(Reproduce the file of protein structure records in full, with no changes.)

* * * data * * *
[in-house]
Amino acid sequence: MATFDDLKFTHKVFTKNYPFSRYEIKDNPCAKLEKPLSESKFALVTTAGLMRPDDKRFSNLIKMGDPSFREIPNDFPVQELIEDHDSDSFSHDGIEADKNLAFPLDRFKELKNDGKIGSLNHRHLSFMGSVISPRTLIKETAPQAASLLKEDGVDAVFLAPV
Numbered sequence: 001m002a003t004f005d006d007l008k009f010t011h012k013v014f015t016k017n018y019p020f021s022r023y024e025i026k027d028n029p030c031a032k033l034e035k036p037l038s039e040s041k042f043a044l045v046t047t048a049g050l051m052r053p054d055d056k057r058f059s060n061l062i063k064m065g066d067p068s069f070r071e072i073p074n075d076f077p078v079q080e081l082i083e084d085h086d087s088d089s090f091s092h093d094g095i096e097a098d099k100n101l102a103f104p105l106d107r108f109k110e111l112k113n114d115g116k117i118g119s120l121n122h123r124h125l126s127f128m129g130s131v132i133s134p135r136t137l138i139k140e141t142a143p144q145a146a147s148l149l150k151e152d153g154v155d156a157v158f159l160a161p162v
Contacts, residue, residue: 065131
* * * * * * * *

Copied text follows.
[in-house]
Amino acid sequence: MATFDDLKFTHKVFTKNYPFSRYEIKDNPCAKLEKPLSESKFALVTTAGLMRPDDKRFSNLIKMGDPSFREIPNDFPVQELIEDHDSDSFSHDGIEADKNLAFPLDRFKELKNDGKIGSLNHRHLSFMGSVISPRTLIKETAPQAASLLKEDGVDAVFLAPV
Numbered sequence: 001m002a003t004f005d006d007l008k009f010t011h012k013v014f015t016k017n018y019p020f021s022r023y024e025i026k027d028n029p030c031a032k033l034e035k036p037l038s039e040s041k042f043a044l045v046t047t048a049g050l051m052r053p054d055d056k057r058f059s060n061l062i063k064m065g066d067p068s069f070r071e072i073p074n075d076f077p078v079q080e081l082i083e084d085h086d087s088d089s090f091s092h093d094g095i096e097a098d099k100n101l102a103f104p105l106d107r108f109k110e111l112k113n114d115g116k117i118g119s120l121n122h123r124h125l126s127f128m129g130s131v132i133s134p135r136t137l138i139k140e141t142a143p144q145a146a147s148l149l150k151e152d153g154v155d156a157v158f159l160a161p162v
Contacts, residue, residue: 065131